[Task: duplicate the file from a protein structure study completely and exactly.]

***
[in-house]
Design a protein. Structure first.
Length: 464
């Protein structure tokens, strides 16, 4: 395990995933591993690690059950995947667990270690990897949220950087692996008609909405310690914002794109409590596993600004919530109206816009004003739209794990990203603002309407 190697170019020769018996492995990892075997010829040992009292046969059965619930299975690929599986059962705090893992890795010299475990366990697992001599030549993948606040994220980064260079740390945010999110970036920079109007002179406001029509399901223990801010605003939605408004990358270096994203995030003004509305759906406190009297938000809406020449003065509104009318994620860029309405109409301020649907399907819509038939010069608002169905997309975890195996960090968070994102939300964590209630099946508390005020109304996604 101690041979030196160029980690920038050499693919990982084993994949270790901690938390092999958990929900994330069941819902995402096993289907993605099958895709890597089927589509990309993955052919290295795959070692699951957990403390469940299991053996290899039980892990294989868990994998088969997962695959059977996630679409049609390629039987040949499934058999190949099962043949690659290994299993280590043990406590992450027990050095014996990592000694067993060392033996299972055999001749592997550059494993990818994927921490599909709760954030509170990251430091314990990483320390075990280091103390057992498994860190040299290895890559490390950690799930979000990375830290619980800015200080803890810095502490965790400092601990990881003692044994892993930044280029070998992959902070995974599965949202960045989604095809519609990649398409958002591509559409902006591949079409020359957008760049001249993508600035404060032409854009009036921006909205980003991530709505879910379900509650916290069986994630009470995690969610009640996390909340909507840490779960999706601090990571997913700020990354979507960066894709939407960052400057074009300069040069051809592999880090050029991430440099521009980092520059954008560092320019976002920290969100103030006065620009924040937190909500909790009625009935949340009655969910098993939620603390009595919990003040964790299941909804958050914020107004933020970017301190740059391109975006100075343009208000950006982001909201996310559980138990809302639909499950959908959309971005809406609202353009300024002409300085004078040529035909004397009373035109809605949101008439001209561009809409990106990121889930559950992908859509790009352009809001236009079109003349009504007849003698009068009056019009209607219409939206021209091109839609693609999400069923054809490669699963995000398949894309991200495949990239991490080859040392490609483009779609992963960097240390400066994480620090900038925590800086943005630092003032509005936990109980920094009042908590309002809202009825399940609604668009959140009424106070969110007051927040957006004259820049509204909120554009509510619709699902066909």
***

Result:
[in-house]
Design a protein. Structure first.
Length: 464
């Protein structure tokens, strides 16, 4: 395990995933591993690690059950995947667990270690990897949220950087692996008609909405310690914002794109409590596993600004919530109206816009004003739209794990990203603002309407 190697170019020769018996492995990892075997010829040992009292046969059965619930299975690929599986059962705090893992890795010299475990366990697992001599030549993948606040994220980064260079740390945010999110970036920079109007002179406001029509399901223990801010605003939605408004990358270096994203995030003004509305759906406190009297938000809406020449003065509104009318994620860029309405109409301020649907399907819509038939010069608002169905997309975890195996960090968070994102939300964590209630099946508390005020109304996604 101690041979030196160029980690920038050499693919990982084993994949270790901690938390092999958990929900994330069941819902995402096993289907993605099958895709890597089927589509990309993955052919290295795959070692699951957990403390469940299991053996290899039980892990294989868990994998088969997962695959059977996630679409049609390629039987040949499934058999190949099962043949690659290994299993280590043990406590992450027990050095014996990592000694067993060392033996299972055999001749592997550059494993990818994927921490599909709760954030509170990251430091314990990483320390075990280091103390057992498994860190040299290895890559490390950690799930979000990375830290619980800015200080803890810095502490965790400092601990990881003692044994892993930044280029070998992959902070995974599965949202960045989604095809519609990649398409958002591509559409902006591949079409020359957008760049001249993508600035404060032409854009009036921006909205980003991530709505879910379900509650916290069986994630009470995690969610009640996390909340909507840490779960999706601090990571997913700020990354979507960066894709939407960052400057074009300069040069051809592999880090050029991430440099521009980092520059954008560092320019976002920290969100103030006065620009924040937190909500909790009625009935949340009655969910098993939620603390009595919990003040964790299941909804958050914020107004933020970017301190740059391109975006100075343009208000950006982001909201996310559980138990809302639909499950959908959309971005809406609202353009300024002409300085004078040529035909004397009373035109809605949101008439001209561009809409990106990121889930559950992908859509790009352009809001236009079109003349009504007849003698009068009056019009209607219409939206021209091109839609693609999400069923054809490669699963995000398949894309991200495949990239991490080859040392490609483009779609992963960097240390400066994480620090900038925590800086943005630092003032509005936990109980920094009042908590309002809202009825399940609604668009959140009424106070969110007051927040957006004259820049509204909120554009509510619709699902066909």